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Re: Proposal for Describing Web Services that Refer to Other Web Services: R085

From: Arthur Ryman <ryman@ca.ibm.com>
Date: Fri, 25 Apr 2003 15:02:57 -0400
To: "Amelia A. Lewis" <alewis@tibco.com>
Cc: Mark Baker <distobj@acm.org>, www-ws-desc@w3.org, www-ws-desc-request@w3.org
Message-ID: <OFC30DC026.B27C8D16-ON85256D13.00669A62@torolab.ibm.com>

Thx. I think you correctly conveyed the intent of the proposal.

I am personally a fan of URIs, but I don't think the WSD WG is in a 
position to dictate system architecture. The mission of the WG is to 
provide a technology that can be used to describe what people are doing. I 
think it is valid to design WSDL so that it is easy to describe Web 
services that conform to Web architecture, and possible to describe Web 
services that do not conform to Web architecture. That is why the proposal 
is to allow both xsd:anyURI and other domain specific complex types. If 
those complex types solve a real problem they will become standardized. If 
developers see the benefit of pure URI addressing then the complex types 
will fade away.

The WSDL spec at a minimum should require WSDL processors to understand 
xsd:anyURI. Organizations like WS-I can define profiles that augment the 
addressing scheme with other complex types if there is a demand. As long 
as WSDL enables that, we have done our job.

Arthur Ryman

"Amelia A. Lewis" <alewis@tibco.com>
Sent by: www-ws-desc-request@w3.org
04/25/2003 12:07 PM

        To:     Mark Baker <distobj@acm.org>
        cc:     www-ws-desc@w3.org
        Subject:        Re: Proposal for Describing Web Services that Refer to Other Web Services:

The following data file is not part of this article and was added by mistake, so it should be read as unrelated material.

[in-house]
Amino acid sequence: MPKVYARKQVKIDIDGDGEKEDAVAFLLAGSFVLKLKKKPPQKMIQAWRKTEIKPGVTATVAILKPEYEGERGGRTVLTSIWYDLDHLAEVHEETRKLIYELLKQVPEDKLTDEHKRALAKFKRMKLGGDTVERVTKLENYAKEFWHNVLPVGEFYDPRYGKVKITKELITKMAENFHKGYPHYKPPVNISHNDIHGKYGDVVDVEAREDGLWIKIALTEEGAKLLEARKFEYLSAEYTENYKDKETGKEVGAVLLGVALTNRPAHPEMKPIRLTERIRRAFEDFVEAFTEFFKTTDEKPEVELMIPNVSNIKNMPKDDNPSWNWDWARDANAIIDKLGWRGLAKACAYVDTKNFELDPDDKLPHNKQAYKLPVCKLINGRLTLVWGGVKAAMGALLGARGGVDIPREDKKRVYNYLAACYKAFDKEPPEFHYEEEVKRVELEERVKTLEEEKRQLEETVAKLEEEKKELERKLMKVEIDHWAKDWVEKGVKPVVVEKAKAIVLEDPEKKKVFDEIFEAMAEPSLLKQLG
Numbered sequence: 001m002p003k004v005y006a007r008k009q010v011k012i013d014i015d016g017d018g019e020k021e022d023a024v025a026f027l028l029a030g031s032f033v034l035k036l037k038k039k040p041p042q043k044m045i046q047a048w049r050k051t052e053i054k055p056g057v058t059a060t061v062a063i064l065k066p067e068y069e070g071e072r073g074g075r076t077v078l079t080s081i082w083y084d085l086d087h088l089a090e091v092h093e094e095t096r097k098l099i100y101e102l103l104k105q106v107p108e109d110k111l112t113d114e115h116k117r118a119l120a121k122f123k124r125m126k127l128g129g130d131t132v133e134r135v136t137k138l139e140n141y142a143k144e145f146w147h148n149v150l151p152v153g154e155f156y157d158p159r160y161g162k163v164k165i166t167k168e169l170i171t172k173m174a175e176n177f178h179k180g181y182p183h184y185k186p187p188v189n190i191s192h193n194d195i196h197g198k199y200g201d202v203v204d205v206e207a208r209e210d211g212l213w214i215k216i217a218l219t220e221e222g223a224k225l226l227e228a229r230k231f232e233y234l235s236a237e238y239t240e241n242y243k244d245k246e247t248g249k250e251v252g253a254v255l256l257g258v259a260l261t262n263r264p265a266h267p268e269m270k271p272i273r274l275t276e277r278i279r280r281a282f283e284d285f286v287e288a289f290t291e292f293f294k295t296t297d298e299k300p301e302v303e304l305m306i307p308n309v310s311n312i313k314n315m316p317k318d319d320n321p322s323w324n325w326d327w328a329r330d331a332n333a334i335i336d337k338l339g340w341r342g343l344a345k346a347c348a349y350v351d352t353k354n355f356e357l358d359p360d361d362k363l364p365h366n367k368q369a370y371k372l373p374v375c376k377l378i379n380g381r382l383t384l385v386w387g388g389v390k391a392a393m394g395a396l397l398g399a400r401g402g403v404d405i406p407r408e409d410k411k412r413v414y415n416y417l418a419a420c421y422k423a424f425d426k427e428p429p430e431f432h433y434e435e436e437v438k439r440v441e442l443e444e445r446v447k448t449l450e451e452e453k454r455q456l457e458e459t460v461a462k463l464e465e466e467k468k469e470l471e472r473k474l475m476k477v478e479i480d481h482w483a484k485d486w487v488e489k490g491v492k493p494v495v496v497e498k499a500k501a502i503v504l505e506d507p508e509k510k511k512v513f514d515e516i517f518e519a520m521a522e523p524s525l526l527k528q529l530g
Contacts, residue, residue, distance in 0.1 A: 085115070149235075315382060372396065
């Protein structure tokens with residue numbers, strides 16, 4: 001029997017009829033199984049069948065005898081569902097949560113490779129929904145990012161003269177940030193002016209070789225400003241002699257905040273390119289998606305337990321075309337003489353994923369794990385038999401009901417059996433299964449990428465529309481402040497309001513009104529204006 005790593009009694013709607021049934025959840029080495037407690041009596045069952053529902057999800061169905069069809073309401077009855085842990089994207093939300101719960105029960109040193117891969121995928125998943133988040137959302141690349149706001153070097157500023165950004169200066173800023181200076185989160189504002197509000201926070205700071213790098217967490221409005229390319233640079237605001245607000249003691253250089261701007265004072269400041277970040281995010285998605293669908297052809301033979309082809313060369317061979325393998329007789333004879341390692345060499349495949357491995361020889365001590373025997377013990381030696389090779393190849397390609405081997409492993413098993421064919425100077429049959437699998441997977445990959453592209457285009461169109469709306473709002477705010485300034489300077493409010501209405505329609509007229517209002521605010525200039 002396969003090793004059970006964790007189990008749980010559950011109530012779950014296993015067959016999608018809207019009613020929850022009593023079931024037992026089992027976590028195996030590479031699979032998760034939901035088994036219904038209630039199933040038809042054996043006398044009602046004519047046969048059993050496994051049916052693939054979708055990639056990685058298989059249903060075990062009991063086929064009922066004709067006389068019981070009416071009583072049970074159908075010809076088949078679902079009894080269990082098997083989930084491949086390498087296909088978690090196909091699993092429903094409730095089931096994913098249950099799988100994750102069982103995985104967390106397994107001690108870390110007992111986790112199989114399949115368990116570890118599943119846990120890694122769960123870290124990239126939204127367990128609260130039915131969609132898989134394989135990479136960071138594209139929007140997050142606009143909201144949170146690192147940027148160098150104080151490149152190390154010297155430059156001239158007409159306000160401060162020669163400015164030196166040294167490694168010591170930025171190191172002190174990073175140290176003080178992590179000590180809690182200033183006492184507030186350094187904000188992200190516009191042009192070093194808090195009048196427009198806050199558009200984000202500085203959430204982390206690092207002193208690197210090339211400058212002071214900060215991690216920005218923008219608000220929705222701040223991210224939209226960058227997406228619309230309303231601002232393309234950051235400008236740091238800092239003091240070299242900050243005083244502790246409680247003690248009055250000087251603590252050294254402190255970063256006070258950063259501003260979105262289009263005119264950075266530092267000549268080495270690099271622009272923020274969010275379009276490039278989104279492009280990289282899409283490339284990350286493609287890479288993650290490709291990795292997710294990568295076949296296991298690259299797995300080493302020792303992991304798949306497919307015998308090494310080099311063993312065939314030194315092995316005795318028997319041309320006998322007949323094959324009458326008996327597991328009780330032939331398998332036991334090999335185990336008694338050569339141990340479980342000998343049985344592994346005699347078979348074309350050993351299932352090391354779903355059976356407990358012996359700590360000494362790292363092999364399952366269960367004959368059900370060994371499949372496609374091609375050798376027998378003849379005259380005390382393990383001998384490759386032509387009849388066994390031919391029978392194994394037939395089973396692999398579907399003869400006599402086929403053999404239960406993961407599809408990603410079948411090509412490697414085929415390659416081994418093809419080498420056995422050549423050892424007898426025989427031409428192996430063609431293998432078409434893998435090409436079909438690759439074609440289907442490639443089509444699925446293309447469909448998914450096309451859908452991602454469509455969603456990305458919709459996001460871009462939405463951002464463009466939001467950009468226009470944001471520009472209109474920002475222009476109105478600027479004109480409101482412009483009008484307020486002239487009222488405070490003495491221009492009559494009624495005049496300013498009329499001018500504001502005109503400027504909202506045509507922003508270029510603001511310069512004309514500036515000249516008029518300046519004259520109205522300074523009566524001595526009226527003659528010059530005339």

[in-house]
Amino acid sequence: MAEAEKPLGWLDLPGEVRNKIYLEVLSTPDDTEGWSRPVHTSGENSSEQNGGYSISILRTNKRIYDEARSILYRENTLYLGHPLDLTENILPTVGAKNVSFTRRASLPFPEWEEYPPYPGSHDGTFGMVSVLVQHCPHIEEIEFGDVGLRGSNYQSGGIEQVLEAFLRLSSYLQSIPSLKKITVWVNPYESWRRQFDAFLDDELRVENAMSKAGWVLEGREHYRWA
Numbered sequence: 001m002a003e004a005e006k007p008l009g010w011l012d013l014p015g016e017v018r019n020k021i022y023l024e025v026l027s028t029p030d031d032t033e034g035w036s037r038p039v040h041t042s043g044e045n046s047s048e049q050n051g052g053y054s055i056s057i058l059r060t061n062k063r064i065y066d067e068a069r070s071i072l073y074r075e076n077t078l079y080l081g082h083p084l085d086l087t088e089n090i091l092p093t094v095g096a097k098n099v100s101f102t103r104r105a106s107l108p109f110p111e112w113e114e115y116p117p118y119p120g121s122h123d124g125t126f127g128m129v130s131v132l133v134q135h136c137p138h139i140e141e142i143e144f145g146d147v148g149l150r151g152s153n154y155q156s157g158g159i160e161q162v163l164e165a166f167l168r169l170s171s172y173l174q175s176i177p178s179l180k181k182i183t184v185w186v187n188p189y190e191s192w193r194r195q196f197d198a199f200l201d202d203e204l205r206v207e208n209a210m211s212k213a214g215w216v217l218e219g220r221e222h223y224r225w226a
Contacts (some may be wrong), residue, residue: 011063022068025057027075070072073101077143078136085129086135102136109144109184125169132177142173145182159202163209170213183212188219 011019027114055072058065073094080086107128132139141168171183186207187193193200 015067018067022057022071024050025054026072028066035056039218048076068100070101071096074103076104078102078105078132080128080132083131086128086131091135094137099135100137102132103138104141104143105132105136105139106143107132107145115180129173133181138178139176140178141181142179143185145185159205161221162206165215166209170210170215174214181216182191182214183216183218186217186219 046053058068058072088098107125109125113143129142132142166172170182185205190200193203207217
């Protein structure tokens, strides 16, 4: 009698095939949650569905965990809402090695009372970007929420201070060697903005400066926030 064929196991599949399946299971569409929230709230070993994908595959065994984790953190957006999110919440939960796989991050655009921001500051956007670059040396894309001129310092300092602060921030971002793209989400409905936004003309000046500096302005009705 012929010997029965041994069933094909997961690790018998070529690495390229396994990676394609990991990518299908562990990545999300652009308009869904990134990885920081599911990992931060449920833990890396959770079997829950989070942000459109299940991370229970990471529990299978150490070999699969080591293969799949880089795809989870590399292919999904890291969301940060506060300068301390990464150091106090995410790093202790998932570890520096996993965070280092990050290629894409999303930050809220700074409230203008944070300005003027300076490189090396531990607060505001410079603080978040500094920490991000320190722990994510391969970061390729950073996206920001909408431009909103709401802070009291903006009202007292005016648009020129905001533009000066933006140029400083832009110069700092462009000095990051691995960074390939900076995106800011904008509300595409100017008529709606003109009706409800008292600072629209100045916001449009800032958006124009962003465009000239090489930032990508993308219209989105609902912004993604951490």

On Fri, 25 Apr 2003 11:53:04 -0400
Mark Baker <distobj@acm.org> wrote:
> Look, I was *agreeing* with Amelia; there exist lots of services whose
> identifiers do not contain sufficient information to interact with the
> service.
> But for *all* of those systems, it is possible to design a URI scheme
> (perhaps more than one) such that all the necessary information *is*
> contained in the URIs (either by value or by reference to a standard,
> as I mentioned).

This, though, is where I think we part company.  While it is *possible*
to design such schemes, it is not always practical.  In particular, when
other means already exist and are preferred, efforts to promote a
URI-based syntax tend to stall, stagnate, and fail.

*Can* be != is.  Also != *should* be, in my opinion.

> I think I also mentioned that every successful large scale distributed
> system (that I've looked it anyhow, which is many) has this property.

Depends on what you mean.  If you mean that all successful large scale
distributed systems use URIs for addressing, I do not agree.  If you
mean that they all use standardized addressing, it almost goes without

This discussion started from a question of whether WSDL addressing
syntax ought to permit only URI, or ought to permit more complex address
definition types.  As Mike Champion pointed out, in order to work with
stuff that currently exists, some of which cannot be identified by URI,
provision ought to be made to permit more complex types.  This was the
point in Arthur Ryman's original proposal that I believe you originally
objected to.  I objected to your objection, on the grounds that while
URI *might* one day be universal, at present it is not.

Summary: to support services that are not URI-locatable, it should be
possible to use more complex addressing syntax, rather than restricting
address syntax to URI alone.

Amelia A. Lewis
Architect, TIBCO/Extensibility, Inc.
Received on Friday, 25 April 2003 15:03:11 UTC

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